I’m sorry. What? Honestly, that is every bit as revealing of Cohen’s distaste of emo out of sheer blind-hatred than anything about Passion Pit’s music. The description that Cohen gives matches that of many a great emo act – I would hardly call Jim Adkin’s lyrics shameless… perhaps later on “not great,” but it’s sheerly “unashamed in its pursuit of a human connection.”

So why does Passion Pit get the go ahead? Well, it’s not emo for one – it exemplifies many a trait, but the band’s choice to do so with electronic music gives it something of an ironic twist, even in its sincerity. After all, the band was originally nothing more than a cute few ditties made from looped samples by Michael Angelakos for his girlfriend on Valentines Day. It was humorous and cute in its creation, and in many ways continues to be. Because the band doesn’t muddle in familiar musical antics that so many emo bands do, it’s a bit refreshing. And, again, there’s a bit of irony to bringing high-pitched falsetto to over-the-top love ditties. It gives it a twist that some may be able to stomach in a different sonic plane than in a guitar-based state. While it seems purely superficial done with three-chords and loud and noisy, for some reason, it’s high-hopes and dreams are matched with Passion Pit’s sound.

But, as is my interpretation of Cohen’s love of the band and not, well, emo.

As for my take? Well, I like them, but I’m certainly not over-enthusiastic about them. “Sleepyhead” is nearly-impossible to not get stuck in your head and enjoy… but the rest of Manners is up and down and doesn’t seem to have the same, well, passion as their single or a few of the other songs on Chunk Of Change. But, it’s nice to see a Boston band do well for itself; considering the mass of bands and music communities festering in this city, whatever gets any of the odder bands more attention because they’re from the same city as Passion Pit or any other band of the moment that’s cropping up from this town ain’t too bad.

Passion Pit – “Sleepyhead” (video):

Amazon is soooooooo emo

Amazon released their list of the 100 Greatest Indie Rock Albums of All Times. As with any “definitive” list, Amazon’s has some flaws, and some seem to stand out like sore thumbs, especially moving from one individual’s taste to the next. As a side note, yes, Animal Collective’s Merriweather Post Pavilion is a great album and will no doubt be at the top of many an end of the year list, but isn’t it a bit too early to put it in the category of top anything of all time? I mean, the album came out two months ago…

The rules and regulations for the list were rather confusing, and when you consider the concept of indie rock vs independent rock music (many an early blues/rock label were, by way of creation, independent, but there’s not a mention of any Chess Records release or otherwise on the list), it’s all the more perplexing. And, the list does bring to light the confounding question of “is emo indie?” which seems to be brought up more often nowadays in a fashion sense than a musical sense. Still, a good chunk of emo produced today is independent and fits into the ambiguous aesthetic of “indie,” and in the past, emo was a strong component of the 90s emo scene.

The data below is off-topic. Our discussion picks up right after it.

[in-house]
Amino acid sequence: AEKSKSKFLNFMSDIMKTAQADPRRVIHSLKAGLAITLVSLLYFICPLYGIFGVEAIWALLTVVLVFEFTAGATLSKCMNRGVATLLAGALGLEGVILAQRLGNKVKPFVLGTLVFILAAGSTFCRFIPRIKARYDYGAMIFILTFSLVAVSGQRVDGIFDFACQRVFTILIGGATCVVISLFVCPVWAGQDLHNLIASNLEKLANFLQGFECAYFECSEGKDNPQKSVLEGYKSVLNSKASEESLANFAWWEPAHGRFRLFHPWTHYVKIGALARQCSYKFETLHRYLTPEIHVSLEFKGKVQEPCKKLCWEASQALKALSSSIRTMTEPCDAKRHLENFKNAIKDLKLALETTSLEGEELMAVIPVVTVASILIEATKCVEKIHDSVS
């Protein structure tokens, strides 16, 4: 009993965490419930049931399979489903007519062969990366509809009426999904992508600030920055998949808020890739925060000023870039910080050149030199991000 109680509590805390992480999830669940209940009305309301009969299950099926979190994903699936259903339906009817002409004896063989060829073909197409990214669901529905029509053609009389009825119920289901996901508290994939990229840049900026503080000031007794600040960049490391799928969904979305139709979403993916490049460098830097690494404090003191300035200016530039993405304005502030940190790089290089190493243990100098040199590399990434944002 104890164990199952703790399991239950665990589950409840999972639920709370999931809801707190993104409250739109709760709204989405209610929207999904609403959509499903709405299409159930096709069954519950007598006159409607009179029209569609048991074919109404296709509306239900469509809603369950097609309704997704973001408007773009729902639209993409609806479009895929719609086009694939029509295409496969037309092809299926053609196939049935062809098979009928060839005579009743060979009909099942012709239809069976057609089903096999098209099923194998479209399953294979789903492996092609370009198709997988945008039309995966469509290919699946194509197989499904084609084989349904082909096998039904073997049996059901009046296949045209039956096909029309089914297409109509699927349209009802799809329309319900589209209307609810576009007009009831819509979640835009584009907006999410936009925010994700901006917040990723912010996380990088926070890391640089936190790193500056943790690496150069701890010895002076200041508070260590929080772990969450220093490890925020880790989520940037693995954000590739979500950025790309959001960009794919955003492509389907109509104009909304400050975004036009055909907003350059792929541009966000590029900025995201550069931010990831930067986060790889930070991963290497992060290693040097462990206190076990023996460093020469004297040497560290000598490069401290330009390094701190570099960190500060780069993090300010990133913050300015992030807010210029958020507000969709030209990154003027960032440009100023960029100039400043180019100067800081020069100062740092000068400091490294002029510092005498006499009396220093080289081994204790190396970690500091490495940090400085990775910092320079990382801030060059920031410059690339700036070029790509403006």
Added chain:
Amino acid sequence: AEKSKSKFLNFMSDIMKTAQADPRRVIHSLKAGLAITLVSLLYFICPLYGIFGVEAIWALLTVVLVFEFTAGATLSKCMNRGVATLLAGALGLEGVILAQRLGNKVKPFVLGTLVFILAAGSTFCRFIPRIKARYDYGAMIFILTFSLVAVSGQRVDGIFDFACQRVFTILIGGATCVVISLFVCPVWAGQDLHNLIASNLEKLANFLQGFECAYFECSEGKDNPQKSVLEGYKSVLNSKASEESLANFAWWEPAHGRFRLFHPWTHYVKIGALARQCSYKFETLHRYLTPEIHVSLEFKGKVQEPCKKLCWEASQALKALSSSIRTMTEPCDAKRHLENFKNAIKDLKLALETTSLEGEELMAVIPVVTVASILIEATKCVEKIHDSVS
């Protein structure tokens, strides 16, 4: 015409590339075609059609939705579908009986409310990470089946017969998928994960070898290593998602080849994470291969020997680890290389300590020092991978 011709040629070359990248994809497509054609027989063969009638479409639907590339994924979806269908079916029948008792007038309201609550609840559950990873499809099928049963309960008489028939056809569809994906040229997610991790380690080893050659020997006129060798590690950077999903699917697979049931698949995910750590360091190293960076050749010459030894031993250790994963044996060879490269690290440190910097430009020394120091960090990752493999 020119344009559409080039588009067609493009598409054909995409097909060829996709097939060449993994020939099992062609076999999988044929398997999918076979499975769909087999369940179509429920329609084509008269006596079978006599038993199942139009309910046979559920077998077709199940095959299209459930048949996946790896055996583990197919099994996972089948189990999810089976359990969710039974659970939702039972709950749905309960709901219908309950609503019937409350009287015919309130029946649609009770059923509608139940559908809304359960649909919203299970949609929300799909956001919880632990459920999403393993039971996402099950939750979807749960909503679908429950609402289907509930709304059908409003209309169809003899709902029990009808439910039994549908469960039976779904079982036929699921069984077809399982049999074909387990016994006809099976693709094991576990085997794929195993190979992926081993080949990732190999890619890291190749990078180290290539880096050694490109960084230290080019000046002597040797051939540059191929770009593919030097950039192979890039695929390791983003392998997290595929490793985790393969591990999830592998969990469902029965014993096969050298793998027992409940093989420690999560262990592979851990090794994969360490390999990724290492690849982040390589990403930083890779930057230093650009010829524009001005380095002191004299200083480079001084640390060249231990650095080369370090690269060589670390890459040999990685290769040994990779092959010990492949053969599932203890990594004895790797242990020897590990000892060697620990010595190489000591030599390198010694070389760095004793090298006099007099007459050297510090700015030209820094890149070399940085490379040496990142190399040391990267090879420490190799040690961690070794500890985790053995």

Don’t believe it? Take a look at where some big-name emo acts landed on the Amazon list:

84. Hearts Of Oak – Ted Leo & The Pharmacists

83. Save Yourself – Make Up

80. The Ugly Organ – Cursive

78. Nothing Feels Good – The Promise Ring

45. How Memory Works – Joan Of Arc

31. Repeater + 3 Songs – Fugazi

29. 24 Hour Revenge Therapy – Jawbreaker

If you’re confused about the placement of some of these albums in relation to one another, you might not want to look at the full list… it’s rather… well, odd. But, I do have to give them some props for including The Promise Ring’s Nothing Feels Good33 1/3, take a look at that list!

The Perfect Quote

Sometimes it can be pretty hard for the press to rapidly pinpoint emo with false-pretenses based upon stereotypes. And then the perfect quote comes along:

“‘I’m writing songs that entertain these people, all these people who just want pain,’ Tim Kasher of the Omaha band Cursive blurted during a performance.”

Props must be given to the New York Times‘ Jon Pareles, who caught this nice little bit of stage banter at SXSW that’s a real gem for those who like to pigeonhole emo into something of a genre for depressed folk. Cursive, the long-running band out of Omaha that’s been something of a starting point for the Nebraska city’s indie scene. Taking big cues from Fugazi, Cursive has always been something of an icon for bands that draw out the possibilities of emo when so many groups began to morph the image of the genre into something malleable and stereotypical. And although Cursive certainly continues to mold their sound and challenge the current image of emo, but I think Tim Kasher might have a little trouble trying to shake that quote for a little while…